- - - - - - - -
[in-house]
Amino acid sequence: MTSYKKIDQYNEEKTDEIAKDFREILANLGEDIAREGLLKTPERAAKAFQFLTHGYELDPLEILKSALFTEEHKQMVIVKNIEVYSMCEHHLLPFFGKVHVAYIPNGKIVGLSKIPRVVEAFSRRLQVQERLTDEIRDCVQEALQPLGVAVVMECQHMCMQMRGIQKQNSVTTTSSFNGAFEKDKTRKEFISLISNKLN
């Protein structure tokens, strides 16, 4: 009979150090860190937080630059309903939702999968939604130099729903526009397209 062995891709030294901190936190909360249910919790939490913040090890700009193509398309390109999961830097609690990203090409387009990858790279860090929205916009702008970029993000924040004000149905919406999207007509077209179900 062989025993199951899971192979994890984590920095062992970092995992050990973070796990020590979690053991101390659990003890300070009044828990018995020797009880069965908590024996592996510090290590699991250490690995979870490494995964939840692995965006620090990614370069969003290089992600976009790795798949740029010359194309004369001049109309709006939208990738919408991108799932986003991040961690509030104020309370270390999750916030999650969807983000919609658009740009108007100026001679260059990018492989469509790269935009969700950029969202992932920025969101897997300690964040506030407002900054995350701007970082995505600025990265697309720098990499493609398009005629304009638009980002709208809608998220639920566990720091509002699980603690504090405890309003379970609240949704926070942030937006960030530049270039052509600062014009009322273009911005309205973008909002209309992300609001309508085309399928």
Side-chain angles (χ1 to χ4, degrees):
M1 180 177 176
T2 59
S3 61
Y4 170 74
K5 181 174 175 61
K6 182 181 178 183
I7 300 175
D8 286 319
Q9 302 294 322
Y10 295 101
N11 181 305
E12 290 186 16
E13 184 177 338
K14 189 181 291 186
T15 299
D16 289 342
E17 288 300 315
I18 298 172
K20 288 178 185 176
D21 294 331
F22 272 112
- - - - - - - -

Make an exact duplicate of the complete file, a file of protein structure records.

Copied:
[in-house]
Amino acid sequence: MTSYKKIDQYNEEKTDEIAKDFREILANLGEDIAREGLLKTPERAAKAFQFLTHGYELDPLEILKSALFTEEHKQMVIVKNIEVYSMCEHHLLPFFGKVHVAYIPNGKIVGLSKIPRVVEAFSRRLQVQERLTDEIRDCVQEALQPLGVAVVMECQHMCMQMRGIQKQNSVTTTSSFNGAFEKDKTRKEFISLISNKLN
């Protein structure tokens, strides 16, 4: 009979150090860190937080630059309903939702999968939604130099729903526009397209 062995891709030294901190936190909360249910919790939490913040090890700009193509398309390109999961830097609690990203090409387009990858790279860090929205916009702008970029993000924040004000149905919406999207007509077209179900 062989025993199951899971192979994890984590920095062992970092995992050990973070796990020590979690053991101390659990003890300070009044828990018995020797009880069965908590024996592996510090290590699991250490690995979870490494995964939840692995965006620090990614370069969003290089992600976009790795798949740029010359194309004369001049109309709006939208990738919408991108799932986003991040961690509030104020309370270390999750916030999650969807983000919609658009740009108007100026001679260059990018492989469509790269935009969700950029969202992932920025969101897997300690964040506030407002900054995350701007970082995505600025990265697309720098990499493609398009005629304009638009980002709208809608998220639920566990720091509002699980603690504090405890309003379970609240949704926070942030937006960030530049270039052509600062014009009322273009911005309205973008909002209309992300609001309508085309399928």
Side-chain angles (χ1 to χ4, degrees):
M1 180 177 176
T2 59
S3 61
Y4 170 74
K5 181 174 175 61
K6 182 181 178 183
I7 300 175
D8 286 319
Q9 302 294 322
Y10 295 101
N11 181 305
E12 290 186 16
E13 184 177 338
K14 189 181 291 186
T15 299
D16 289 342
E17 288 300 315
I18 298 172
K20 288 178 185 176
D21 294 331
F22 272 112